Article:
Parvizi Eats: The Mahal
BAYAN PARVIZI joins the rest of the Tab team for a quiet meal at the epicentre of neocolonial fuckwittery.
The ambrosia of Olympus, The Mahal (officially known as the Bombay Brasserie, Miller’s Yard off Mill Lane) is the Claridge’s of informal swaps. The Tab decided to pay a visit to see what attracted pilgrims to this Mecca of masala.
Innocuous to the naked eye this den of iniquity lies between the dormant New Orleans and DoJos (the poor man’s TeriYaki), and God/Allah spare the poor family who had wandered in for a nondescript dinner the night The Tab et al decided to savor the cuisine of the sub-continent. Admittedly, in the winter of 2003 I was such an innocent, during interviews at college, my family and I went to The Mahal for some hearty fare; yet in those days I didn’t have my name + a heart = phallus scribbled in the toilet. Textbook banter apparently.
People often refer to the last days of Rome: sexy, promiscuous and erotic. The Mahal on the other hand is more akin to the last days of Delhi; Mountbatten has found out his wife has been having it off with Nehru and subsequently decided to wreak havoc over a Bhuna. Rome included lustful yet beautiful orgies whereas The Mahal has groups of post acne teens banging knives against horrendous Sicilian bottles of wine whilst declaiming: “Fine! Fine! For whoever’s got a hairy fanny!!!” To the credit of our editorial team we avoided such baseness, our equivalent being “Fine…for the someone who hasn’t yet written an article,” upon which a gentleman stood up drunk his half a glass of wine and sat back down – quite the burning monk on the grand scale of things.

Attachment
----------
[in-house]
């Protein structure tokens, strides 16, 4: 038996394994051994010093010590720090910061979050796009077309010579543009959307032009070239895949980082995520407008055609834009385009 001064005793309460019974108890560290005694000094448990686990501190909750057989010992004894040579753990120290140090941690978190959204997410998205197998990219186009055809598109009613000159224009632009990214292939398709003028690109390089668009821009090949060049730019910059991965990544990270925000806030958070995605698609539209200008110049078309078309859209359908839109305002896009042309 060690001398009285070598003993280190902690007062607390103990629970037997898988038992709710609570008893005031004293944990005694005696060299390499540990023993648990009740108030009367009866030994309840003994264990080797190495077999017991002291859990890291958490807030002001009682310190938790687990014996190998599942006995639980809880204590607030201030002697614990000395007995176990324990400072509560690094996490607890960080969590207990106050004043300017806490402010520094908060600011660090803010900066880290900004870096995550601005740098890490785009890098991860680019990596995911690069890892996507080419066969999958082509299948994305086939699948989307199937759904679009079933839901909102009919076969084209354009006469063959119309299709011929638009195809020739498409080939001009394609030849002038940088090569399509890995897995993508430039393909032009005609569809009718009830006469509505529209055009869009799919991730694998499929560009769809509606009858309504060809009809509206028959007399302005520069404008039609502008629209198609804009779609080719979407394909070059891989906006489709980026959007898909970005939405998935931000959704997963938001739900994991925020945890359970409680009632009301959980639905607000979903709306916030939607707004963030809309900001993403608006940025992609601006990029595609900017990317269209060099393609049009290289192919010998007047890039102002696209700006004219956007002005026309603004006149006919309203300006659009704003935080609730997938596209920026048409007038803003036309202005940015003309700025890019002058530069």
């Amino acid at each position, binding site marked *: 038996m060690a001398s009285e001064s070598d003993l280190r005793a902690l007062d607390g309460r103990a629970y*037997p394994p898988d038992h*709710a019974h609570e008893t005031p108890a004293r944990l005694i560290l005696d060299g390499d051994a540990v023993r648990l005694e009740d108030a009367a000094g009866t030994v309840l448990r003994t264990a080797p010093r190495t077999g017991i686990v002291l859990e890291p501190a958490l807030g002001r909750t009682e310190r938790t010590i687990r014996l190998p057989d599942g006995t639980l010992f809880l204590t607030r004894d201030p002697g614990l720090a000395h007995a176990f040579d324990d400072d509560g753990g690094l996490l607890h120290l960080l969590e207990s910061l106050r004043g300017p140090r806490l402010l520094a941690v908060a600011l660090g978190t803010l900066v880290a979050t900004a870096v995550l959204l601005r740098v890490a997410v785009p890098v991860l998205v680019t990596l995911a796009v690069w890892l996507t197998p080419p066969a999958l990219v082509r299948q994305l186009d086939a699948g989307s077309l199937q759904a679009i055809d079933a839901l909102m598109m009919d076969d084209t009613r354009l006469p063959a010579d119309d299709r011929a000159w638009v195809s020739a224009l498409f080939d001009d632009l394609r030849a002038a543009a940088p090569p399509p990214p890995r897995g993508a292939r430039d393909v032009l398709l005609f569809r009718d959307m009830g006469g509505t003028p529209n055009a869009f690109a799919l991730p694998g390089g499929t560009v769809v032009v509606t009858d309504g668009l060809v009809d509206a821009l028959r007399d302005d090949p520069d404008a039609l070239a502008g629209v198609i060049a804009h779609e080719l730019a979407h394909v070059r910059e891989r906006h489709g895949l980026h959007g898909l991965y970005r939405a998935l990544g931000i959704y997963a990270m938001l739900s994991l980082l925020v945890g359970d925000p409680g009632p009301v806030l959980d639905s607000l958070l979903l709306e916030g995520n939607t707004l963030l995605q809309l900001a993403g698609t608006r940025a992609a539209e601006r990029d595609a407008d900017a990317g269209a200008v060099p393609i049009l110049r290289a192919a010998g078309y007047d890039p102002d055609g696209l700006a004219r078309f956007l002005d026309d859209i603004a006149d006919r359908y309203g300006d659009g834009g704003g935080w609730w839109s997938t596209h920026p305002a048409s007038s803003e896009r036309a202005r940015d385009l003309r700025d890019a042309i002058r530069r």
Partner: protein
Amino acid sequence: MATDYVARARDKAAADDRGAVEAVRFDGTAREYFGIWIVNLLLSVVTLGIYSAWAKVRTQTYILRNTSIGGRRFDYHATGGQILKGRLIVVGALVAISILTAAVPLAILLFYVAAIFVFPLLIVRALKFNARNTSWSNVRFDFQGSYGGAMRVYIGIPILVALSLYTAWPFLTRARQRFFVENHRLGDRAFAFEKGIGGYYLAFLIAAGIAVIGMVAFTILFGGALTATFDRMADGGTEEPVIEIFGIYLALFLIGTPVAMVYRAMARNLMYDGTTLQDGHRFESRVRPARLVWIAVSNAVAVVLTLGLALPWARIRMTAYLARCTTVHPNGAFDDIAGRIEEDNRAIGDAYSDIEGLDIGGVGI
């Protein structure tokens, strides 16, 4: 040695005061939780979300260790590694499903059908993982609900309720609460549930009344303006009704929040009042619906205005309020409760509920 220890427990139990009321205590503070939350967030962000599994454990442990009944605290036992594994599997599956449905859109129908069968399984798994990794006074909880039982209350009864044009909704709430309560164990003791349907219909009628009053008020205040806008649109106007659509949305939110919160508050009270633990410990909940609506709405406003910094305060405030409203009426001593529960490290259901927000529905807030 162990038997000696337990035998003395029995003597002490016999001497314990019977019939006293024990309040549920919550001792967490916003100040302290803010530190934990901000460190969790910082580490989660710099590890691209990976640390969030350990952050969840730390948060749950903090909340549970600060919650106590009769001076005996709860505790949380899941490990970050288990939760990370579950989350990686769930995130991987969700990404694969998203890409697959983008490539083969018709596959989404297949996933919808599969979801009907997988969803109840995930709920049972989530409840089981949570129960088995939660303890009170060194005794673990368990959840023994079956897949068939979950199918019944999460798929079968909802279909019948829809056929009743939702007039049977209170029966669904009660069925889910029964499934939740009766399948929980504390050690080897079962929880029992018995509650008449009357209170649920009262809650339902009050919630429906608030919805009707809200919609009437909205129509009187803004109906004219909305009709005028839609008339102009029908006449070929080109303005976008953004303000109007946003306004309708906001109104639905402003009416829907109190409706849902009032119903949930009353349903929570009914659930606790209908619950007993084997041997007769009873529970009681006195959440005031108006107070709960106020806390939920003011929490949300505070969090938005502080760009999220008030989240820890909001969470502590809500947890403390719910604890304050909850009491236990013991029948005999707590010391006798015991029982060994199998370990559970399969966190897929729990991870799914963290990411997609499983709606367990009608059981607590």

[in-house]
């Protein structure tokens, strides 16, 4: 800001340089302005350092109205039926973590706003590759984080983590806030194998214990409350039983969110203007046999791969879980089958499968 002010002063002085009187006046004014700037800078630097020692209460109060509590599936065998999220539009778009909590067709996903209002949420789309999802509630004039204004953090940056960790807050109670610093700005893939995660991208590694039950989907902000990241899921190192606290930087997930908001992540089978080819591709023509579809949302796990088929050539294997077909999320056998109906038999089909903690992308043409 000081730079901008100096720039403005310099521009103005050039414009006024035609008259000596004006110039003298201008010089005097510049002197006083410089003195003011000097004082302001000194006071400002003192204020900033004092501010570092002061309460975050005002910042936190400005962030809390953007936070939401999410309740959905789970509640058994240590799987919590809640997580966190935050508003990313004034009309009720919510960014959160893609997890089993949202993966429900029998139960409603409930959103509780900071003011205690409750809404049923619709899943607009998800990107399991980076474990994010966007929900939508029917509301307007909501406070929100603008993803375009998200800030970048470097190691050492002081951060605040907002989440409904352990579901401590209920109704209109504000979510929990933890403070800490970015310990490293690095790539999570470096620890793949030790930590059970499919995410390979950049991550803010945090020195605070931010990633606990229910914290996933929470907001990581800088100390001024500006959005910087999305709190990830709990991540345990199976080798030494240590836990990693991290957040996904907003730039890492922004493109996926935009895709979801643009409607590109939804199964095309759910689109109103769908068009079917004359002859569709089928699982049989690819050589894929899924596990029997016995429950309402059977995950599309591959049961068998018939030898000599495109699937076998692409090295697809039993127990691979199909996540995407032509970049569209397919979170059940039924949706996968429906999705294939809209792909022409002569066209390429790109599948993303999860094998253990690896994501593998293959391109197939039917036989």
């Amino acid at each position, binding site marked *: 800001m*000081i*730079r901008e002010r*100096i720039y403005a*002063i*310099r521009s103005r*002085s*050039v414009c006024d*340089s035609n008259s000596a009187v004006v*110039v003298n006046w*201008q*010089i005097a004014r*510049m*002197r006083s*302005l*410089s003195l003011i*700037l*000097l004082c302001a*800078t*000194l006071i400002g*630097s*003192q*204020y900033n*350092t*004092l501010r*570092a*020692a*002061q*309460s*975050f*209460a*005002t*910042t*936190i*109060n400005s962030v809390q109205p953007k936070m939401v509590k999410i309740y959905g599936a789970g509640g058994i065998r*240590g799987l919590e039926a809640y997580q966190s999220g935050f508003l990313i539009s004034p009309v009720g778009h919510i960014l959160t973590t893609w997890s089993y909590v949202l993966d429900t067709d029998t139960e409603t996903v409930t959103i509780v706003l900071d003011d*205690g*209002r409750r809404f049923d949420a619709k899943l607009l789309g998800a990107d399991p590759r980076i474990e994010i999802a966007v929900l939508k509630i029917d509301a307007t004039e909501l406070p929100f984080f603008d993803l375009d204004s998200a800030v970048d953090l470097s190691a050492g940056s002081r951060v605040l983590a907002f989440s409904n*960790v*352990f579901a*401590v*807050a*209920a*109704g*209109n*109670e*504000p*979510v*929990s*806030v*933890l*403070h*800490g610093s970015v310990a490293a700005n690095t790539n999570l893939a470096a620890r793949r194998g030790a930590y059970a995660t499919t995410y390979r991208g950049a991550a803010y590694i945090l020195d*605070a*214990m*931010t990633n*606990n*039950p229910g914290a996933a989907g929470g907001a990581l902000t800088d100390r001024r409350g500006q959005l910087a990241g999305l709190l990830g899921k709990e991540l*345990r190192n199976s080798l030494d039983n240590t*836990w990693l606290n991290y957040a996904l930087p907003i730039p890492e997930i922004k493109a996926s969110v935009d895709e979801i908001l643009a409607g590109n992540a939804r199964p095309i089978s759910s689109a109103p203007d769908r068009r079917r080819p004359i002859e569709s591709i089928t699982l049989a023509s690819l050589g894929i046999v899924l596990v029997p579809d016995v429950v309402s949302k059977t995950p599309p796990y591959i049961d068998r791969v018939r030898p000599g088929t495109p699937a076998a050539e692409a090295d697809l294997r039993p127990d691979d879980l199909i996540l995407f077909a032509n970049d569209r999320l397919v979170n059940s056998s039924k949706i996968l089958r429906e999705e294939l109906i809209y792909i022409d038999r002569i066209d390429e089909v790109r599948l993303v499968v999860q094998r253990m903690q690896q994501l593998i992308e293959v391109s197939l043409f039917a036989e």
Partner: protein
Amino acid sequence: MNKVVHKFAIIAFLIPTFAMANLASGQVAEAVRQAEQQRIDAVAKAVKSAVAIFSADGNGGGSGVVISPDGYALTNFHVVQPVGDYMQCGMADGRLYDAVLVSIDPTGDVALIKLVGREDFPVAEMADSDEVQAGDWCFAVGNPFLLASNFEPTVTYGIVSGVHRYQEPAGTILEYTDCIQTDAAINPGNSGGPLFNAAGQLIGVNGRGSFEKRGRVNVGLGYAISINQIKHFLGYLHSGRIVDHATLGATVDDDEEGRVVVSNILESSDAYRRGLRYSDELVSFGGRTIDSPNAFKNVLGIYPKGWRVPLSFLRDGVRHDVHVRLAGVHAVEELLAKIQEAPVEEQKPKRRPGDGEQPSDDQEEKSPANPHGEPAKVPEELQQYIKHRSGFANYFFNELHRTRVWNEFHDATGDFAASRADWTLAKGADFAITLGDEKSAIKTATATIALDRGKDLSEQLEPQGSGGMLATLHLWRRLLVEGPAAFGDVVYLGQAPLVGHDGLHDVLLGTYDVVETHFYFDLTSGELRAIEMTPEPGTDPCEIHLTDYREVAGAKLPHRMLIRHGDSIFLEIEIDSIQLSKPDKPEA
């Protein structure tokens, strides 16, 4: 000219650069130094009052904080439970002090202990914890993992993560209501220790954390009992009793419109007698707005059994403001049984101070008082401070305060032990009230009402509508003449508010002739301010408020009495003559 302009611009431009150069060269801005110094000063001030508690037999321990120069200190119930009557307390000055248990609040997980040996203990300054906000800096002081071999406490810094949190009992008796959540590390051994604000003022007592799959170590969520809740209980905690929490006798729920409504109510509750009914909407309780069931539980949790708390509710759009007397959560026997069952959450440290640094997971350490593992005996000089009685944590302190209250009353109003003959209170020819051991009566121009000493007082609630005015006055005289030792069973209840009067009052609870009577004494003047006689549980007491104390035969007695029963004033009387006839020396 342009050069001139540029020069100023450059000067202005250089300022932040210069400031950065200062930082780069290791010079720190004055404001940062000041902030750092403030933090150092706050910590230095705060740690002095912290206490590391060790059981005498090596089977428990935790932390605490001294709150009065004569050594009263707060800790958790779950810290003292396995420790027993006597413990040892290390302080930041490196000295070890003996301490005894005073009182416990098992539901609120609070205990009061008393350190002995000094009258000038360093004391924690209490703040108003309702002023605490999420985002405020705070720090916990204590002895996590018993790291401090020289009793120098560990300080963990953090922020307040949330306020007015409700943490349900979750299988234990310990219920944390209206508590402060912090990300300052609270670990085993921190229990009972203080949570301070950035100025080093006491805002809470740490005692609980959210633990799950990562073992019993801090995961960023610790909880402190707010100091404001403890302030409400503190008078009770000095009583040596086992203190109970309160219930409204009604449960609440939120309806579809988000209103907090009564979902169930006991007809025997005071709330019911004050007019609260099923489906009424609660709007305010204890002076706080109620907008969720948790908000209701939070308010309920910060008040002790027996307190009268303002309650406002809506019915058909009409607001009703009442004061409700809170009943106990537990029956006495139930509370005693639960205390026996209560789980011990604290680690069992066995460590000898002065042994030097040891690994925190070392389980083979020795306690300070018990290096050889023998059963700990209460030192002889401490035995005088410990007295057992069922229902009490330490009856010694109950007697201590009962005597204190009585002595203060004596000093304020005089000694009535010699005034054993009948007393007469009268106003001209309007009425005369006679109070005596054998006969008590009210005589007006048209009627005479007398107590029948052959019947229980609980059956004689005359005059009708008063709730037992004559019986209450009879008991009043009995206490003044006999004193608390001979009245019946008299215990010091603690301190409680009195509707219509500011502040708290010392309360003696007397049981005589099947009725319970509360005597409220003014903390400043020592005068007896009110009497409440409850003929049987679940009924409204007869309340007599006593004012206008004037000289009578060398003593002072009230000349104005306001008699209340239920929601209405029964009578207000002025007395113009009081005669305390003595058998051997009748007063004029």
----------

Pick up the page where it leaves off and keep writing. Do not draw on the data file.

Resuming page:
This eatery offers very little in terms of culinary experiences, with countless swaps patronising the establishment, the staff have been long inoculated from charm, manners and who can blame them? British or foreign, the staff, like I did, had expectations of what the crème de la crème of the academic aristocracy had to offer and instead all one sees is disgust in their faces and on anyone else who is vaguely sober. “Fine! Fine! Stand on your chairs and knock the ceiling panels!!!” “Fine! Fine! Run to any wall!!!” Such actions are intolerable in anyone’s toilet and yet perfectly acceptable in this restaurant. Unfortunately The Mahal represents a form of neo-culinary colonialism, boys in Technicolor ties arrive, act horrendously and pass it as banter. There’s no doubt the food, Korma, Bhuna, Rogan Josh is shit, but for once the customer is not right. If we were, the food would undoubtedly improve, but are we ready for it to do so?